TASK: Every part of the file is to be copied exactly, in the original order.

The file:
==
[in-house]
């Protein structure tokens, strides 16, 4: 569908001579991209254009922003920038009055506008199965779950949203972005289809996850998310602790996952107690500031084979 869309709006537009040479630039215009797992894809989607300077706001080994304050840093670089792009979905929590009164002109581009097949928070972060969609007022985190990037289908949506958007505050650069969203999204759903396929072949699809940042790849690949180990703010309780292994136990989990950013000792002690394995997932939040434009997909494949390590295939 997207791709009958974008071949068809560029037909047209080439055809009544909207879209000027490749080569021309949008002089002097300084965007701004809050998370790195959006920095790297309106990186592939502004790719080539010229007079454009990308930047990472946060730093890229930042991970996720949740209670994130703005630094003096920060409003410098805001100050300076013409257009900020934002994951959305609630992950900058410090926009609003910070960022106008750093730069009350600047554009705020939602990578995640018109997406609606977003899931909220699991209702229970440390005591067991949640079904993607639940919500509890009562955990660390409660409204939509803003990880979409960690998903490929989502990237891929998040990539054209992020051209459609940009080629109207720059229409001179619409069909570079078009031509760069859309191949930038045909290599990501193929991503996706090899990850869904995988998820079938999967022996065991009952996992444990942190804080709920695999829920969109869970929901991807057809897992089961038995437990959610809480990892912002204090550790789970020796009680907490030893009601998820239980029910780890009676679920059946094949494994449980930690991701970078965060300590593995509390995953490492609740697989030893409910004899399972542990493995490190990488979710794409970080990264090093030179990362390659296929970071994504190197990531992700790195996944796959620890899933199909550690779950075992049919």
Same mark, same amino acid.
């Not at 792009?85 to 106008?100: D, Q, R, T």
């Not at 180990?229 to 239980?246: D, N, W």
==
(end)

[in-house]
């Protein structure tokens, strides 16, 4: 569908001579991209254009922003920038009055506008199965779950949203972005289809996850998310602790996952107690500031084979 869309709006537009040479630039215009797992894809989607300077706001080994304050840093670089792009979905929590009164002109581009097949928070972060969609007022985190990037289908949506958007505050650069969203999204759903396929072949699809940042790849690949180990703010309780292994136990989990950013000792002690394995997932939040434009997909494949390590295939 997207791709009958974008071949068809560029037909047209080439055809009544909207879209000027490749080569021309949008002089002097300084965007701004809050998370790195959006920095790297309106990186592939502004790719080539010229007079454009990308930047990472946060730093890229930042991970996720949740209670994130703005630094003096920060409003410098805001100050300076013409257009900020934002994951959305609630992950900058410090926009609003910070960022106008750093730069009350600047554009705020939602990578995640018109997406609606977003899931909220699991209702229970440390005591067991949640079904993607639940919500509890009562955990660390409660409204939509803003990880979409960690998903490929989502990237891929998040990539054209992020051209459609940009080629109207720059229409001179619409069909570079078009031509760069859309191949930038045909290599990501193929991503996706090899990850869904995988998820079938999967022996065991009952996992444990942190804080709920695999829920969109869970929901991807057809897992089961038995437990959610809480990892912002204090550790789970020796009680907490030893009601998820239980029910780890009676679920059946094949494994449980930690991701970078965060300590593995509390995953490492609740697989030893409910004899399972542990493995490190990488979710794409970080990264090093030179990362390659296929970071994504190197990531992700790195996944796959620890899933199909550690779950075992049919």
Same mark, same amino acid.
């Not at 792009?85 to 106008?100: D, Q, R, T």
């Not at 180990?229 to 239980?246: D, N, W």